Is This the End? (Or, What Is the Olivet Discourse Describing?)

The Olivet Discourse (found in Matthew 24, Mark 13, and Luke 21) is Jesus’ apocalyptic teaching to His disciples, and, as with all things pertaining to the end times, it typically draws out of us a strange mixture of curiosity, confusion, and perhaps some fear. Yet of all the questions that could be asked perhaps the most basic one is simply: what is Jesus talking about?

The two most common answers are either the destruction of Jerusalem and the temple in 70 AD or Christ’s Second Coming at the end of time. The difficulty of deciding between the two is that they both seem to be referenced. Matthew 24:2, Mark 13:2, and Luke 21:6, which declare that not one stone will remain on top of another, appear to directly predict the coming destruction of the temple by the Roman general, Titus, while Matthew 24:30, Mark 13:26, and Luke 21:27, which refer to the Son of Man coming in glory, each seem to pointedly envision the Second Coming of Christ.

My answer to whether the Olivet Discourse refers to 70 AD or the Second Coming is yes.

I believe that the overall purpose of the Olivet Discourse is to prepare Christ’s followers for the last days, of which the destruction of the temple and the Second Coming are bookend events. In other words, I believe that we are presently living through the end times, just as our fellow brothers and sisters have been doing for nearly two millennia now. Three texts blatantly support this interpretation:

Long ago, at many times and in many ways, God spoke to our fathers by the prophets, but in these last days he has spoken to us by his Son, whom he appointed the heir of all things, through whom also he created the world.

Hebrews 1:1–2

Children, it is the last hour, and as you have heard that antichrist is coming, so now many antichrists have come. Therefore we know that it is the last hour.

1 John 2:18

But Peter, standing with the eleven, lifted up his voice and addressed them: “Men of Judea and all who dwell in Jerusalem, let this be known to you, and give ear to my words. For these people are not drunk, as you suppose, since it is only the third hour of the day. But this is what was uttered through the prophet Joel:

“‘And in the last days it shall be, God declares,
that I will pour out my Spirit on all flesh,
and your sons and your daughters shall prophesy,
                        and your young men shall see visions,
                        and your old men shall dream dreams;”

Acts 2:14–17

Notice that the author of Hebrews explicitly marks the last days as being when God has now spoken to His people by His Son rather than through the prophets alone. John points to the presence of many antichrists as a sign that we are in the last hour, and these are most probably the “false christs and false prophets” that Jesus warned of in the Olivet Discourse (Matthew 24:23, Mark 13:22).[1]

Yet perhaps Peter’s sermon in Acts 2 is the most telling. After the Holy Spirit was first poured out upon the disciples, Peter proclaimed to the people gathered around them that Joel’s prophesy of the last days was being fulfilled in their midst, God’s Spirit was falling upon all His people no longer just the kings and prophets. Another element of interest is that the book of Joel is almost entirely focused upon the coming Day of the LORD, which is the final day of judgment that we now know is one and the same as the Second Coming of Christ (Revelation 19). Thus, the giving of the Holy Spirit at Pentecost signaled the beginning of the end of the world.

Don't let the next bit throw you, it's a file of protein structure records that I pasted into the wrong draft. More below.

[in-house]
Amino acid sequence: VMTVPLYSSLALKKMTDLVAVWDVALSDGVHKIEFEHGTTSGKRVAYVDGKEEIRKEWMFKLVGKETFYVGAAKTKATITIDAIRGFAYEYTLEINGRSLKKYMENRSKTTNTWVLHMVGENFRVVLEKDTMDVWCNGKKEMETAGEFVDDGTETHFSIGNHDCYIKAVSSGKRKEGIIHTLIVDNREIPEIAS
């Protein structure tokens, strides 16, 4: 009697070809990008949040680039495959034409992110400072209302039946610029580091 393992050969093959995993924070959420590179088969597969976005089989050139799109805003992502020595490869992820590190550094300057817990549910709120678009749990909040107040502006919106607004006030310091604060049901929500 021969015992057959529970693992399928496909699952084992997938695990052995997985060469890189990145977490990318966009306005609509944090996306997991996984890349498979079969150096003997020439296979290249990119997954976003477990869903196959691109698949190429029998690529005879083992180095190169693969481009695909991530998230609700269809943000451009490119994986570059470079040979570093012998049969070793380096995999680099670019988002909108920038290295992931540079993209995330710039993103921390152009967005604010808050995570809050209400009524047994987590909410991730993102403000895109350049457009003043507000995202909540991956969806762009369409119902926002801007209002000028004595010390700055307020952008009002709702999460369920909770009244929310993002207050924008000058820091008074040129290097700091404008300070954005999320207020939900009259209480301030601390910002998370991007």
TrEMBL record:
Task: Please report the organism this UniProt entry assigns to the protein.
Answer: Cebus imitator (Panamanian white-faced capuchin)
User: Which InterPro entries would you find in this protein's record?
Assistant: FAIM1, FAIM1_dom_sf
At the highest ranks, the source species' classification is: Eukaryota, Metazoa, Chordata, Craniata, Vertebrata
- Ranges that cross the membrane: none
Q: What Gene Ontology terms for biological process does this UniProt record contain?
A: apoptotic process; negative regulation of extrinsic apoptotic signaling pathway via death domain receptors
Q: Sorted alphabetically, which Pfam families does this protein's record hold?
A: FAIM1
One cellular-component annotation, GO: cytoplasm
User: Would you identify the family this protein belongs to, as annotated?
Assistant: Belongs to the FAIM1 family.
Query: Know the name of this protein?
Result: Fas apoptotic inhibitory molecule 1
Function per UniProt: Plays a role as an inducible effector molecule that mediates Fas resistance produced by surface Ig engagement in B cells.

But what does this have to do with the destruction of the temple in 70 AD?

Although the last days began with the resurrection of Christ and the descent of the Holy Spirit at Pentecost, the Roman siege of Jerusalem was an apocalyptic event that has left a lasting mark upon the following 1950 years of history. Nick Needham notes that this event had a greater lasting impact upon the church than even the severe persecutions under emperors like Nero, Domitian, and Diocletian because it forcefully separated Christianity from Judaism. When the armies of Rome drew near, the Christians fled from Jerusalem as Christ commanded them to do (Matthew 24:16). Their refusal to defend the temple to the death was taken as a bitter betrayal by their fellow Jews. Thus, Christianity quickly became a predominately Gentile religion.

Since then Jesus’ words continue to apply. Both during that devastation and since, there have been false messiahs, wars and rumors of wars, natural disasters, and great tribulation upon God’s people. Yet for all these signs and sorrows, the day of Christ’s return will still come upon us like a thief in the night. Although many of the things that Jesus promised have already been fulfilled, life goes on as normal just as it did during the days of Noah before the flood. They did not realize that they were living in their last days until the flood swept them away; likewise, we are living in the last era of human history. When Christ returns, time as we know it will be wiped away, and every person will go to eternal life or eternal death. Like the great flood, His coming will be sudden and swift, and even if it is still a thousand years away, I do not think we will count it slowness but rather as an act of His glorious patience, giving us a little while longer to repent and return to Him (2 Peter 3:9).

[1] John seems to speak of an individual antichrist still to come, who is perhaps the man of lawlessness from 2 Thessalonians 2. Such discussions, however, must be saved for another post.


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